Young Californian architects Vernon DeMars, and colleagues Garrett Eckbo and T.J. Kent, took up Le Corbusier’s exhortation in Des Canons, Des Munitions? Merci! Des Logis ... S.V.P. (1938) to turn from bombs to homes. Vernon DeMars identified the Radiant Farm as offering, if not an already-tested solution, a modern and avant-garde philosophy that he adapted in over forty projects for rural communities during his tenure as San Francisco district architect for the FSA, including Yuba City and Woodville (both in California, 1939-41), and the earlier Chandler, Arizona (1936-37). On farmland bought by the government, usually well outside existing town limits, FSA architects built tent platforms, single cabins, and ancillary community spaces. Weedpatch (1936), made famous by its inclusion in John Steinbeck’s The Grapes of Wrath (1939), was the first such camp, built south of Bakersfield, California, initially using tents, then wood frame houses to shelter the workers, with wood frame buildings for the communal facilities such as the post office and the local hall.[5]

    Where Le Corbusier was often politically and historically hamstrung, the locally governed Farm Securities Administration satellite offices were conducive to practical experimentation. In FSA Camp Chandler, a project that preceded DeMars’ formative travel to Europe, and in Yuba City, directly after his return, DeMars referenced the Radiant Farm as the inspiration for the internal logic of the farmhouses he built for Dust Bowl migrants. Indeed, DeMars later saw Yuba City as “our opportunity to do something that he [Corbusier] wasn’t able to build … [the Farm house and the Cooperative Farm] were things we were doing. I knew Corbu’s hadn’t been built … Supposing he were given this job, what would he do? He might have done this thing we did at Yuba City, I thought.”[6]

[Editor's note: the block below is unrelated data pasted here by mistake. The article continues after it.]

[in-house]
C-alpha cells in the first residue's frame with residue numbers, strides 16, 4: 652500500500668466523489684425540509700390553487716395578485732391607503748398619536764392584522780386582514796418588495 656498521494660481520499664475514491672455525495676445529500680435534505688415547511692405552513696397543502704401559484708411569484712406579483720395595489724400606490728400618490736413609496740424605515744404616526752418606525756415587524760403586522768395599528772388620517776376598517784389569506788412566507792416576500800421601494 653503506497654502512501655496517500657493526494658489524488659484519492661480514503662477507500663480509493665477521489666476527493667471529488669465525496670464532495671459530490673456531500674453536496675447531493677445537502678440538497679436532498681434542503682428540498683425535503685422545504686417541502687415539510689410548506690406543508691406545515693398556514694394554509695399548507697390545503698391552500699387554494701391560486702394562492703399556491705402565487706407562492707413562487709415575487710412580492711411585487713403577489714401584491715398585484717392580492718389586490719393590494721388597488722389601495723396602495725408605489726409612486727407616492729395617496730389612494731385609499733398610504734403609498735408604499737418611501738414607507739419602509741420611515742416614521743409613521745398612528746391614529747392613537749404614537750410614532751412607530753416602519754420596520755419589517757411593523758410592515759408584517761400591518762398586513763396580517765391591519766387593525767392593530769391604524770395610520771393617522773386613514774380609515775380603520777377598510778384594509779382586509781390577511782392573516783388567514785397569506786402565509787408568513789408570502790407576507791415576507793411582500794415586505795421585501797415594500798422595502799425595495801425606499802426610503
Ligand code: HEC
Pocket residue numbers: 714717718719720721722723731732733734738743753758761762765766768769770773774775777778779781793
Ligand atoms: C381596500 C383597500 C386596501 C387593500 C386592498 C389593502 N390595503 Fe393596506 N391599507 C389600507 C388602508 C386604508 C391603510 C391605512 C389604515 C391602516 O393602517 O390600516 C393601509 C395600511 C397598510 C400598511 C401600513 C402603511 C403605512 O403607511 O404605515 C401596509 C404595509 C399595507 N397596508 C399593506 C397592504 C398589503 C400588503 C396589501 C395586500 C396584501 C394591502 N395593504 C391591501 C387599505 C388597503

FSA Chandler, illustrated in Elizabeth Mock’s/MoMA’s Built in USA: a survey of Contemporary American Architecture (1945)


    FSA Chandler, illustrated in Elizabeth Mock’s/MoMA’s Built in USA: a survey of Contemporary American Architecture (1945)

    Further—and to be explored in much greater depth in my dissertation chapter—the inaugural 1940 exhibition of the San Francisco-based planning group, Telesis, founded by, among others, FSA architects Vernon DeMars, T.J. Kent, Garrett Eckbo and Fran Violich after the FSA was disbanded was closely based on Le Corbusier’s Temps Nouveau Pavilion.[7]  DeMars returned from six months travel to Europe in the fall of 1938 with a copy of Des canons, des munitions, the catalogue for the 1937 pavilion, and explicitly based the Telesis exhibition—the foundation for the later San Francisco Department of Planning—on Le Corbusier’s conceptual framework for the 1937 pavilion.[8]